I’ve been thinking about passion, inspiration, talent, and success lately. Since early adulthood, I’ve been told how much potential I have. Growing up, my family had few expectations of me, other than, “Don’t be ugly, Boo” (meaning, you need to act like a nice girl). I got the message that my best avenue for success would be to get married and let a man take care of me. I was told I was a follower, not a leader. I believed it.
I had headaches from the time I was six so my parents didn’t want to pressure me, thinking that expectations would make them worse. Apparently, I had quite a talent for the piano but my parents let me quit after only a couple of years, fearing that it would consume me because I was so gifted (Consume me? What does that even mean??). At the same time, they believed I was slow because I didn’t speak early enough and because I didn’t excel in school. Again, they didn’t want to pressure me.
Did my parents believe all that? Did they really give me all those messages? I doubt it, but, I created a story from their words and actions, nonetheless, and I lived as if it were true. I was gifted musically and athletically but slow intellectually, or so the story goes. They couldn’t encourage my talent too much because it might consume me or might make my headaches worse. They couldn’t expect much intellectually because I was slow and what’s the point? So, I floated along, buying into and keeping alive those stories. I fed them. I went to therapy. I nursed them. I used them as an excuse (innocently) for not mastering much of anything. I got by.
Over the years, I had some success here and there but I kept alive the story that I was slow and that I should avoid things requiring more than a little effort. After all, I wouldn’t want to make myself sick, or consume myself, or make a fool of myself.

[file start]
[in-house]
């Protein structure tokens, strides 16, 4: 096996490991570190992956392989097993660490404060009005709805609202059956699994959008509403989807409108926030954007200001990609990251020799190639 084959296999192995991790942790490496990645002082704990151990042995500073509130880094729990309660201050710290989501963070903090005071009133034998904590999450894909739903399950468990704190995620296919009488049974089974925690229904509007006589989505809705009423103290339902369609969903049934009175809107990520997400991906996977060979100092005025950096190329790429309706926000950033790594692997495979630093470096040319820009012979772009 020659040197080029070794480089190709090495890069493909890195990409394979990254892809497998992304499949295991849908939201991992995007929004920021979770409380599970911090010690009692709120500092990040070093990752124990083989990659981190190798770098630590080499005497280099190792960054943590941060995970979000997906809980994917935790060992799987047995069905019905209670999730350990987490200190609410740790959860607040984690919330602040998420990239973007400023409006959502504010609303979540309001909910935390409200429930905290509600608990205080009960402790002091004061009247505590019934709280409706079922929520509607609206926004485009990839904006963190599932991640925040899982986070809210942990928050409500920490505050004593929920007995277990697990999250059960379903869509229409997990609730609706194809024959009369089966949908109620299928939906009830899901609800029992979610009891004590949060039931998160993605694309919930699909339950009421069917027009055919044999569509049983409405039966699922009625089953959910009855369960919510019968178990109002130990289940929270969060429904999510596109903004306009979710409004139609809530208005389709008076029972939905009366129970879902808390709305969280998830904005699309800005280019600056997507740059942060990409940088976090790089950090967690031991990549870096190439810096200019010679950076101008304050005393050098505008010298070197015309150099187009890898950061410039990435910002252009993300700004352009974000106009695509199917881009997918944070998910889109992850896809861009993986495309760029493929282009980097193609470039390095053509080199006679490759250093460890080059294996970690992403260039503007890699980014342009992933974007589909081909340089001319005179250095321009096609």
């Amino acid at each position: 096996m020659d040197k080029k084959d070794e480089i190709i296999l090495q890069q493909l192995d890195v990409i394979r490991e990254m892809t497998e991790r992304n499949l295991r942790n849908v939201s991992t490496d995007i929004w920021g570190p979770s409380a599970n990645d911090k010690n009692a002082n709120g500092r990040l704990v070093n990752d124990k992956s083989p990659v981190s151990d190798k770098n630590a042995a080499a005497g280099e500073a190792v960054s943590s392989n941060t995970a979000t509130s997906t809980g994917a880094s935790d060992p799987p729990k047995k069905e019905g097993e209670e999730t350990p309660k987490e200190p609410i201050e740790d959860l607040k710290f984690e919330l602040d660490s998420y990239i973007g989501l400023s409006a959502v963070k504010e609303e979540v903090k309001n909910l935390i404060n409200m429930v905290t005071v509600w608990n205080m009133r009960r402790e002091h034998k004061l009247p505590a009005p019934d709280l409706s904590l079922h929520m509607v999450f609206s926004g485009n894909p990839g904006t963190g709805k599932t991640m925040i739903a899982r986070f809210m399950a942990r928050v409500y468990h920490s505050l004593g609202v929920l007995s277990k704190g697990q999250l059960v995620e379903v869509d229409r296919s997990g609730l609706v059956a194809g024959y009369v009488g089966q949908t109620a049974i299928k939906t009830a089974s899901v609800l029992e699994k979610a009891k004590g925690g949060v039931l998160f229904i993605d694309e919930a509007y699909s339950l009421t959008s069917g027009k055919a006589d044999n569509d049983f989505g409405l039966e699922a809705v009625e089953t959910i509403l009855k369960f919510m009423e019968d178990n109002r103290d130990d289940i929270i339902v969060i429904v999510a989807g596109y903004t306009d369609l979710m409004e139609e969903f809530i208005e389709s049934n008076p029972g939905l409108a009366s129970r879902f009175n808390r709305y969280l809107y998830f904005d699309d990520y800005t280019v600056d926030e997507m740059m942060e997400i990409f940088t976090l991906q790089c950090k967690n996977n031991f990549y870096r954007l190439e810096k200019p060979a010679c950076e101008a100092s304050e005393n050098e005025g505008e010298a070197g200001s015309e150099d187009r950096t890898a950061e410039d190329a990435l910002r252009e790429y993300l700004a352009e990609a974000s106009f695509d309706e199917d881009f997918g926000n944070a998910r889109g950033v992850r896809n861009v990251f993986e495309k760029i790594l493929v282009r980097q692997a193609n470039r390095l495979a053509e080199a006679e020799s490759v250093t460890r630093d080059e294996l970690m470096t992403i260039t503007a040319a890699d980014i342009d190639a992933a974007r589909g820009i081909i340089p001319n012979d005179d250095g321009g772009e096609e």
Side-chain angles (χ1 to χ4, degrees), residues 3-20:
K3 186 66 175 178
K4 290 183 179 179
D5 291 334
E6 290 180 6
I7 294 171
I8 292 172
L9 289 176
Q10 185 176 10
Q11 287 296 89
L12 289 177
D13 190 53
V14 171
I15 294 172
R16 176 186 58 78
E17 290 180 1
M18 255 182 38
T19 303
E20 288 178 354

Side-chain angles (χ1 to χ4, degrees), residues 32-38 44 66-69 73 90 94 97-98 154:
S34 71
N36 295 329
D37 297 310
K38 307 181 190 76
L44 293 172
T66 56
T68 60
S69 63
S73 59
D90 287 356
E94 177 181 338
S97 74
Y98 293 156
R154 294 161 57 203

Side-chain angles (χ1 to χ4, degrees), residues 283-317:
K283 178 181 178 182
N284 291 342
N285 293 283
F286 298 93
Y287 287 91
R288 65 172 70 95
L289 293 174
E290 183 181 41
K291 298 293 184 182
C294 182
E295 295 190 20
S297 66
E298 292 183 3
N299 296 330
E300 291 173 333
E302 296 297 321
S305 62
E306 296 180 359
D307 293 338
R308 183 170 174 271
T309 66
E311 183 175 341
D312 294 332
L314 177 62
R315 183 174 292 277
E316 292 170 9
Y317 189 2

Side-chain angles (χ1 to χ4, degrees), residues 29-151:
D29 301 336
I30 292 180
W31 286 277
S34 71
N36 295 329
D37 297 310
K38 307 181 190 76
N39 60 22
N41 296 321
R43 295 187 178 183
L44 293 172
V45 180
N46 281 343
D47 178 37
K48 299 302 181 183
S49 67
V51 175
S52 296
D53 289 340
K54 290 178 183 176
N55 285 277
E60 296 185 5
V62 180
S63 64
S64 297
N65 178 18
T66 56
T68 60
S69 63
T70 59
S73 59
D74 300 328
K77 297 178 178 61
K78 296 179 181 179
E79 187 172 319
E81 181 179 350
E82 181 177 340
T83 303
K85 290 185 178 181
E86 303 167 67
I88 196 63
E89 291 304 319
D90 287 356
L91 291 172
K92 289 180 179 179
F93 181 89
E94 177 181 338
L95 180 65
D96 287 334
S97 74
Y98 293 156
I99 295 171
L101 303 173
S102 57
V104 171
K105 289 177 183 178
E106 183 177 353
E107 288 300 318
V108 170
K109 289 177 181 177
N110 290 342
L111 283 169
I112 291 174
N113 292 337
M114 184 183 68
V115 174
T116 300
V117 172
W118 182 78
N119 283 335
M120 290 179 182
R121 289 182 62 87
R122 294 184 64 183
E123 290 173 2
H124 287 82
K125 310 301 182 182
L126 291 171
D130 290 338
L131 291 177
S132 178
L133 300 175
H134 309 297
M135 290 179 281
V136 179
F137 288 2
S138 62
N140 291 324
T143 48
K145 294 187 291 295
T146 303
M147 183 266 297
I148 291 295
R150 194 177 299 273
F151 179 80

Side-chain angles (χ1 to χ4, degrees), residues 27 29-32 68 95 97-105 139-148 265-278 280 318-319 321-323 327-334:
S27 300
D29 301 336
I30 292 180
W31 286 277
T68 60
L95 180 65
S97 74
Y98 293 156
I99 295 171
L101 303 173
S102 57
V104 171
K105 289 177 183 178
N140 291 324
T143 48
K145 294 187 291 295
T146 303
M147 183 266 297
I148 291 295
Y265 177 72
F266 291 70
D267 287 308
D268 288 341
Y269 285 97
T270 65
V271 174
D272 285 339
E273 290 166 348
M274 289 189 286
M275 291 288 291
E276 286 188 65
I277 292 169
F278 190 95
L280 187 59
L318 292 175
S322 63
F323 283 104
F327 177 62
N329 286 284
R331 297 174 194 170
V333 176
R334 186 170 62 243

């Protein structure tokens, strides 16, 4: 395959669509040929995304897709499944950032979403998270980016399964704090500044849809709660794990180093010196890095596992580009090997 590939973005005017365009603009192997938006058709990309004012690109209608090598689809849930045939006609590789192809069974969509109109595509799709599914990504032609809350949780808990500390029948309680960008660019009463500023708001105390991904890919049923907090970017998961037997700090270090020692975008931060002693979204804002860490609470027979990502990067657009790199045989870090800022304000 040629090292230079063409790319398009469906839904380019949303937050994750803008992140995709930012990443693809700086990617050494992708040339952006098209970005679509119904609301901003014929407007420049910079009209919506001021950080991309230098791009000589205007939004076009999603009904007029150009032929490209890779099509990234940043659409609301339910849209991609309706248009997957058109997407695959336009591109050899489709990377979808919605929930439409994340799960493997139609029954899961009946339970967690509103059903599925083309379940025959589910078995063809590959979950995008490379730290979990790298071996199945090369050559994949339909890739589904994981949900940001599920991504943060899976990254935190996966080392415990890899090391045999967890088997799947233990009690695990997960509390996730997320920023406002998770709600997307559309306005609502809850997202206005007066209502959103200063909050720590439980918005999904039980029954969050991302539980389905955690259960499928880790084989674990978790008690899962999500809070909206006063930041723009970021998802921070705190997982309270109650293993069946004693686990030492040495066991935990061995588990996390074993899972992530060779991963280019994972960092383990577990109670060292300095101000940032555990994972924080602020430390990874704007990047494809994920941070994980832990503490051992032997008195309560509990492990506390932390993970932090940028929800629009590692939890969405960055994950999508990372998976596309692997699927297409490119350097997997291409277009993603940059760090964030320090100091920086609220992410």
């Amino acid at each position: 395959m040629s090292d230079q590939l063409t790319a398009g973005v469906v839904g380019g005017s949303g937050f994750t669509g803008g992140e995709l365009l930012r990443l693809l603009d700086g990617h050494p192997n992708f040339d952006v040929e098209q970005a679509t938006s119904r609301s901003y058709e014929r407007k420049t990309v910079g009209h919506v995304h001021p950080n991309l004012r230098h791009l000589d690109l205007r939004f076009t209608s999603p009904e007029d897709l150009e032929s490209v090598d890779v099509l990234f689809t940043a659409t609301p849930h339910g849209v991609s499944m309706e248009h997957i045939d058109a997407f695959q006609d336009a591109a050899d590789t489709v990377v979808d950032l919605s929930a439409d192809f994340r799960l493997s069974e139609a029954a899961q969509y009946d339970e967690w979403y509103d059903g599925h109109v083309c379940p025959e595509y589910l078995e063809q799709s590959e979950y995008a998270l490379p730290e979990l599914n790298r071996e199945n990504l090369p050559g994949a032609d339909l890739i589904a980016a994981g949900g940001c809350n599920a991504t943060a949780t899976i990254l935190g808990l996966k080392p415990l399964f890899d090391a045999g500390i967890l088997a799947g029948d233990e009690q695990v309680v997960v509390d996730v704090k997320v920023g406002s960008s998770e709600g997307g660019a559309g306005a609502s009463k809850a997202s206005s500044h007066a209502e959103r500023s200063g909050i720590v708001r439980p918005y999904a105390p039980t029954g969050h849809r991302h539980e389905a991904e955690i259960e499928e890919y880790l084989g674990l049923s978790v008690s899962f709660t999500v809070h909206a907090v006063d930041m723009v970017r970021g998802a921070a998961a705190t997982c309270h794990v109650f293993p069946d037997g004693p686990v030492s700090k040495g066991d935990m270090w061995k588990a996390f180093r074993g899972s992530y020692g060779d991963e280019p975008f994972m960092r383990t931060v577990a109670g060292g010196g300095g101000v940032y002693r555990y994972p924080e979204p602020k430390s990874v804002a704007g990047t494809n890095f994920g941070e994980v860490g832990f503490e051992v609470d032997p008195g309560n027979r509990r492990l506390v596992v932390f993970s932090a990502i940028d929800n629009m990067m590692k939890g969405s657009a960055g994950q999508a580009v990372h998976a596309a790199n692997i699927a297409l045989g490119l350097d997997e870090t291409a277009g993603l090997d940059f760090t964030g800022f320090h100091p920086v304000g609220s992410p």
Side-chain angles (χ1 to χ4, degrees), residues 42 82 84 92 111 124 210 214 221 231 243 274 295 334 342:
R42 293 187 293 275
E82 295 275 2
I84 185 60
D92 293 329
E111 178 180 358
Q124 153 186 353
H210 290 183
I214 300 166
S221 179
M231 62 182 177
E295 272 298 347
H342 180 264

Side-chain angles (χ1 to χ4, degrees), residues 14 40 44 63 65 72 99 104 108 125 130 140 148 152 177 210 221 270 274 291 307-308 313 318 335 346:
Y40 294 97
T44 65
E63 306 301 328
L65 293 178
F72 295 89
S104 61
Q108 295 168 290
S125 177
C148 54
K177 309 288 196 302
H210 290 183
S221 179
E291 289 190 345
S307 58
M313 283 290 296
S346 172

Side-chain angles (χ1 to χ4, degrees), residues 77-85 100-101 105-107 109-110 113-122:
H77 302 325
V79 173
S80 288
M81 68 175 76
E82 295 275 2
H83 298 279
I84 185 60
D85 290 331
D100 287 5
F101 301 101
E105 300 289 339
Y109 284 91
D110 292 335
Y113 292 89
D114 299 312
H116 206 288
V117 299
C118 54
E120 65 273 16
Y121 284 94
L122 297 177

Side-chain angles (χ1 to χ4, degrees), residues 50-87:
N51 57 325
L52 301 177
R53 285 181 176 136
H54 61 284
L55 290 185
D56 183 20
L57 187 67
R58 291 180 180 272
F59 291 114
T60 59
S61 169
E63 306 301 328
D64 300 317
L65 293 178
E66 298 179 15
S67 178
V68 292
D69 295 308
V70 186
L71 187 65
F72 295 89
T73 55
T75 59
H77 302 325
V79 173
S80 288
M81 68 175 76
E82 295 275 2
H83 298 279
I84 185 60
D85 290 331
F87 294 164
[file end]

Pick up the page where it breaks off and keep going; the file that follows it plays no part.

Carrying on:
I bought the story. I fed the story. I lived the story.
Here’s the thing, it never was anything but a story. A story I took seriously. A story I analyzed for years. A story I judged and agonized over. You see, I didn’t know it was a story. I thought I was those things. I innocently identified with the story and I lived accordingly. I suffered this made up story for decades.
Knowing that it is a story helps my grip loosen. It means that I no longer have to take it so seriously and personally. I no longer have to believe it. I no longer have to act on it. When it rears its ugly head, and it does, I can ignore it and carry on with my day. I can wake up to it and show the story out the door. I may even be able to master a few things.
I want you to know that whatever story you have about you is just a story. Family, friends, religion, and culture do not define you, though you’ve received many messages and stories from them. Some of those messages have been positive and some have been negative. None define you. You are not your story. When we wake up to the truth of that, we are free to get on with it from a place of clarity. We are free to create our lives.
If this blog post resonates with you or if you’d like to explore a new perspective on who you are really and why it matters, I’m opening up a couple of times on my calendar this week for the first two people who respond, at no charge to you. Contact Me